Sudden (unexpected) cardiac death is the leading mechanism of death worldwide. An unknown proportion of these deaths is caused by heart beat abnormalities that are passed on within families (inherited) that can lead to sudden cardiac death in otherwise healthy people. Four inherited diseases that affect the heart's electrical system, called congenital long QT syndrome, congenital short QT syndrome, Brugada syndrome, and catecholaminergic polymorphic ventricular tachycardia, account for most of all inherited cases of sudden cardiac death. These people have abnormalities in the way in which their heart's balance electrolytes (naturally occurring substances in the blood and other body fluids that carry an electric charge) in a way that make them more likely to have higher sudden cardiac death rates than the general population. Two methods are used to prevent sudden cardiac death in these people: 1. implantable cardioverter defibrillators, which are small devices that provide electrical shocks to make the heart rhythm more regular, and 2. medical therapy (treatment with medicines that influence the heart's rhythm).

Cochrane Database of Systematic Reviews: Plain Language Summaries [Internet] - John Wiley & Sons, Ltd.

Version: 2015

Out‐of‐hospital cardiac arrest (OHCA) is a major cause of death worldwide. Cardiac arrest occurs when the rhythm of the heart becomes disorganized and the heart becomes ineffective at pumping blood to the rest of the body. Prolonged periods of reduced oxygen to the brain can cause permanent damage. Cardiac arrest can be caused by, but is different from, a heart attack (myocardial infarction).

Cochrane Database of Systematic Reviews: Plain Language Summaries [Internet] - John Wiley & Sons, Ltd.

Version: 2014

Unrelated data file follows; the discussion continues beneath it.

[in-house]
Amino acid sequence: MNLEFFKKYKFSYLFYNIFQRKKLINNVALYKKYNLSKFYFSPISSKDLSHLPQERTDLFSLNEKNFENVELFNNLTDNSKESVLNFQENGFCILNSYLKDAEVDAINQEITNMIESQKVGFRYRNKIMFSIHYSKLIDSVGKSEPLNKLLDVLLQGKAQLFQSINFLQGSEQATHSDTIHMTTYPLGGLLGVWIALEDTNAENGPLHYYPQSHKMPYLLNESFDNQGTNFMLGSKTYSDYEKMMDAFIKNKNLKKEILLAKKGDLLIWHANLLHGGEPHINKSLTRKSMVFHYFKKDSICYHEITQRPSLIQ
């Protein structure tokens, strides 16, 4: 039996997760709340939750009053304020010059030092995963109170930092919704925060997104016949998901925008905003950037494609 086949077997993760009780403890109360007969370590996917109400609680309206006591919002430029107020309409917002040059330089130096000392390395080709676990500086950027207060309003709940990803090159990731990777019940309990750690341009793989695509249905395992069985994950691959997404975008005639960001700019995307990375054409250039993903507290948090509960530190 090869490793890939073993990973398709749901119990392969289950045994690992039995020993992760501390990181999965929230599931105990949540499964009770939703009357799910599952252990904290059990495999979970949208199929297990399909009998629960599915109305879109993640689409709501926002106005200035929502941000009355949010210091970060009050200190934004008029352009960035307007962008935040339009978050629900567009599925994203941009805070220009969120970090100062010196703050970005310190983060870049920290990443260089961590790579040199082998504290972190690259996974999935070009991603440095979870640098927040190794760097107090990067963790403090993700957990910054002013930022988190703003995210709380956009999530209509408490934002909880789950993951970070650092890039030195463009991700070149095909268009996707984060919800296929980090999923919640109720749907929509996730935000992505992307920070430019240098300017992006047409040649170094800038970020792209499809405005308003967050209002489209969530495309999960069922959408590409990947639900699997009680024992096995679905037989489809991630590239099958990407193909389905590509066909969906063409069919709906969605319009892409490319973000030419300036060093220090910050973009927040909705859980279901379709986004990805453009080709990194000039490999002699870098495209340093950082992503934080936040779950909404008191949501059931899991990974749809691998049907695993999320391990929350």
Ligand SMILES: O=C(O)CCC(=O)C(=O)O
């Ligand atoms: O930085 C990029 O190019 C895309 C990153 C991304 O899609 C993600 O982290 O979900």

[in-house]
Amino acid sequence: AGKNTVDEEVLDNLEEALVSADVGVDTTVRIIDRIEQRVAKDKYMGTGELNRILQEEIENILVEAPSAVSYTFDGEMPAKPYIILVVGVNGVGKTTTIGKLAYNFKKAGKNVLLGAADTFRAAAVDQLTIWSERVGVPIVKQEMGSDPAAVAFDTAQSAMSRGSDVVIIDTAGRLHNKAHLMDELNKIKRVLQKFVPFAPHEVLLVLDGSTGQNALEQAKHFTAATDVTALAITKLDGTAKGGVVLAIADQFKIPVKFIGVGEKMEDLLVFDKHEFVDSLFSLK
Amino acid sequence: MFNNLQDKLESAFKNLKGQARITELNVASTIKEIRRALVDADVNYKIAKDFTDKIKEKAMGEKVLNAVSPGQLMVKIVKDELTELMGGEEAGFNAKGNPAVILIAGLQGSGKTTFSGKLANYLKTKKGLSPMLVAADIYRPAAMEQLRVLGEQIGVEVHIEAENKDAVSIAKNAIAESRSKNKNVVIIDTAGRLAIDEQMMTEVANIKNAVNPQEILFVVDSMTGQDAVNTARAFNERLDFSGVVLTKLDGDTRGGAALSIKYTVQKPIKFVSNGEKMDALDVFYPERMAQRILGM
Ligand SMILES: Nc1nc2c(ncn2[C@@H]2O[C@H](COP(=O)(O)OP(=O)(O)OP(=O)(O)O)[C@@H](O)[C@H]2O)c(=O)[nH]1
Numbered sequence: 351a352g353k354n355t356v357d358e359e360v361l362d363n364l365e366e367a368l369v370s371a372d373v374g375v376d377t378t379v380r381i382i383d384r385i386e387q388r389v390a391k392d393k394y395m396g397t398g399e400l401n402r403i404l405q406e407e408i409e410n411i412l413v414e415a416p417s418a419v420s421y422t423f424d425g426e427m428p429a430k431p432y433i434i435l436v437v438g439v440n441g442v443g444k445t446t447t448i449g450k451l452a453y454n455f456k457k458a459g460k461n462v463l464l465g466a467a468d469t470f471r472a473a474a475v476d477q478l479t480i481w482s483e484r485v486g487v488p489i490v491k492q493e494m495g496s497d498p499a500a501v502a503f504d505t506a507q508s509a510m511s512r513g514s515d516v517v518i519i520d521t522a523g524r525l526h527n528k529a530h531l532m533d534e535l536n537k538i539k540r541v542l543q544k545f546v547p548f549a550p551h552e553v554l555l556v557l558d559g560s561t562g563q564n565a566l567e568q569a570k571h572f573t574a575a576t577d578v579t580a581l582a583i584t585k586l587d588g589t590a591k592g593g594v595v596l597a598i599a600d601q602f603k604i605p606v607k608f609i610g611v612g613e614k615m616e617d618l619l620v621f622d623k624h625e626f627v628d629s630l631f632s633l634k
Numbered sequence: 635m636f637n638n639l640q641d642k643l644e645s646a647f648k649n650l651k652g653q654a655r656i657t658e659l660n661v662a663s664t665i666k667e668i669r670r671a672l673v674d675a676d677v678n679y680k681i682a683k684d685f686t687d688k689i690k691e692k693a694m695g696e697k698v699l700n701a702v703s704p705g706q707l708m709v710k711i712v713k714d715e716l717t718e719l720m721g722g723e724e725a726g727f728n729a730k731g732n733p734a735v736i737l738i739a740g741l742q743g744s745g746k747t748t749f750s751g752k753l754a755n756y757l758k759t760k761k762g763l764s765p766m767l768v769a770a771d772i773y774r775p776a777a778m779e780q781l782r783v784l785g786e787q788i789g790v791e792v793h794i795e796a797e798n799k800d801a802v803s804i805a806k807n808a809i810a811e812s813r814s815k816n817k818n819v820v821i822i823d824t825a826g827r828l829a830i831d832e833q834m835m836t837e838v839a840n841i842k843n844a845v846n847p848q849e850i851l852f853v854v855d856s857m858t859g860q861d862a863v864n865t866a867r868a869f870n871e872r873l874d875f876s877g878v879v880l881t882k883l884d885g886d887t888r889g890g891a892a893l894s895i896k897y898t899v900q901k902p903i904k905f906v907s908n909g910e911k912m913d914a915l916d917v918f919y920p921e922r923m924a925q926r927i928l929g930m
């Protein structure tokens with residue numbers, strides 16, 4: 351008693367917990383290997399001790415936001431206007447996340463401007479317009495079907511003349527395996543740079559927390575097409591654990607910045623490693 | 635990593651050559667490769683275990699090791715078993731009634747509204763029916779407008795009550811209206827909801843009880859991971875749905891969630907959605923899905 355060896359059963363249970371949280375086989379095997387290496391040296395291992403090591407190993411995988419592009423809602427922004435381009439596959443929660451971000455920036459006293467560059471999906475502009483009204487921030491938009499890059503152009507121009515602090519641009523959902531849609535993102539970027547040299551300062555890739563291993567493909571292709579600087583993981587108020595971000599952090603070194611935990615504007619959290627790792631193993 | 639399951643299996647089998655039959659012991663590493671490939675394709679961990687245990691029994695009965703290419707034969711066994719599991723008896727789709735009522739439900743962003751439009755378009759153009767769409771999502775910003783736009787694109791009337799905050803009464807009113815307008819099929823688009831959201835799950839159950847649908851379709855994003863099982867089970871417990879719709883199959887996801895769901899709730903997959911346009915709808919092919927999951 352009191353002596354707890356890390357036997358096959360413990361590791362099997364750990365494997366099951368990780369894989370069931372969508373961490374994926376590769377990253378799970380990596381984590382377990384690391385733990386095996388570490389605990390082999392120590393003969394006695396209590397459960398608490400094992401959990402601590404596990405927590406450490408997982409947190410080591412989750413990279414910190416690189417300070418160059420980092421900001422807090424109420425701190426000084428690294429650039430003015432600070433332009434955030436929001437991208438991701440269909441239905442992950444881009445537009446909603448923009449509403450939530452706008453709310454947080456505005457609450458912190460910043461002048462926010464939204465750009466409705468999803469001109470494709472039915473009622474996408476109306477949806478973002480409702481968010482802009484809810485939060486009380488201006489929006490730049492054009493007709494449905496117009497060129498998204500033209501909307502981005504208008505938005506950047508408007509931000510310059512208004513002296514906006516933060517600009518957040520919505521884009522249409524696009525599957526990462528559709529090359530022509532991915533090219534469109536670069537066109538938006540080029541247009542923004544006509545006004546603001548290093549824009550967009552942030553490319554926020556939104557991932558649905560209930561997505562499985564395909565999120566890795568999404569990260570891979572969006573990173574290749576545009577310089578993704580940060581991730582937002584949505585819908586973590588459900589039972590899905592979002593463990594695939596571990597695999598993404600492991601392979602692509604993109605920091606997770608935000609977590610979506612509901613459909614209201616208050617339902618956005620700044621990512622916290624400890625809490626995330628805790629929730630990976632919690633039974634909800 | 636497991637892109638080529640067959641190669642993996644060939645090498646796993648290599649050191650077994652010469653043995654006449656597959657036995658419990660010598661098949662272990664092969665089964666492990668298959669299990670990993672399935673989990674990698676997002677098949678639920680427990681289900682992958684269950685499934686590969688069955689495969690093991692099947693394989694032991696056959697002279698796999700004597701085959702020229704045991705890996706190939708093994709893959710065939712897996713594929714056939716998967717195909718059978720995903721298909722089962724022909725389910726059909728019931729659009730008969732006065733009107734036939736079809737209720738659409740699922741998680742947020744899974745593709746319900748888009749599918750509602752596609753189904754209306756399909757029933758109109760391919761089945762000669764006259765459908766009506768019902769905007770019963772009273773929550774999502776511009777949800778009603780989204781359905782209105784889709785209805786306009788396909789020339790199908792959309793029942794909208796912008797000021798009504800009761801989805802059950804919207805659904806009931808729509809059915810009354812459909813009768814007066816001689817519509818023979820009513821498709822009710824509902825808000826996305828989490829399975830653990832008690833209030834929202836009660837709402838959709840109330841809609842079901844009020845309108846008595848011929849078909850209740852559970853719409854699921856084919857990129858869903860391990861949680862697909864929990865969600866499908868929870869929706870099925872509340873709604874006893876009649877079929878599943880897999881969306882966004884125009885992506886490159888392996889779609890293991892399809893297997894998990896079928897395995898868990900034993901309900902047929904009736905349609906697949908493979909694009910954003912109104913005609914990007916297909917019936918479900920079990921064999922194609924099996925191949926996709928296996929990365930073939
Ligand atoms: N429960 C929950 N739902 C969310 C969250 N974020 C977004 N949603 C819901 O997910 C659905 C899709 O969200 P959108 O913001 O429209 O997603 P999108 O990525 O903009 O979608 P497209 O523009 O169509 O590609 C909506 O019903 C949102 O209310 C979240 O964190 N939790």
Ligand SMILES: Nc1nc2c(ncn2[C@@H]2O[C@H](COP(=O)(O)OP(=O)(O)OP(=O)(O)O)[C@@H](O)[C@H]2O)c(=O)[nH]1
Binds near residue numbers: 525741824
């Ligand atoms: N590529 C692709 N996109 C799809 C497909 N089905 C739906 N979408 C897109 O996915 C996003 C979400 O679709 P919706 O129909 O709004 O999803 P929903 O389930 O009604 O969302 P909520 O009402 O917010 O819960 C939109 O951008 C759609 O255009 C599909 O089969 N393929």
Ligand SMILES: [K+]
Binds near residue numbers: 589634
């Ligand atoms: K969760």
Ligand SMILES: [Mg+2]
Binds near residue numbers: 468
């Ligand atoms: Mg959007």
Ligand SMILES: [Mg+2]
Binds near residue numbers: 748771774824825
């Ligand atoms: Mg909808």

Dopamine improves low blood pressure (hypotension) in preterm babies more effectively than dobutamine in the short‐term, but evidence on safety and long‐term effectiveness is needed. Hypotension may cause brain injury and other serious problems for preterm babies (born before 37 weeks). Treatment aims to maintain blood flow to the brain and other organs, by using fluids or drugs to increase blood pressure. Inotrope drugs, including dopamine and dobutamine, are commonly used to increase blood pressure. However, the safest and most effective drug for treating hypotension in preterm babies has been unclear. The review found that dopamine was more effective than dobutamine for short‐term treatment, but the effects of these drugs on long‐term outcomes is unknown. More trials are needed.

Cochrane Database of Systematic Reviews: Plain Language Summaries [Internet] - John Wiley & Sons, Ltd.

Version: 2008

There is insufficient evidence to advocate the use of triiodothyronine supplementation for the prevention of postoperative morbidity and mortality in infants who undergo cardiopulmonary bypass.Thyroid hormones are integral in cellular metabolism and haemodynamic stability. A transient acquired hypothyroidism occurs after cardiopulmonary bypass and is thought to be associated with low cardiac output, left ventricular dysfunction, increased vascular resistance and impaired ventilatory drives. Thyroid hormone supplementation has been postulated as a possible therapeutic option to improve postoperative outcome measures. This review highlights the lack of evidence concerning the benefits and harms of triiodothyronine supplementation in infants who undergo cardiopulmonary bypass.

Cochrane Database of Systematic Reviews: Plain Language Summaries [Internet] - John Wiley & Sons, Ltd.

Version: 2008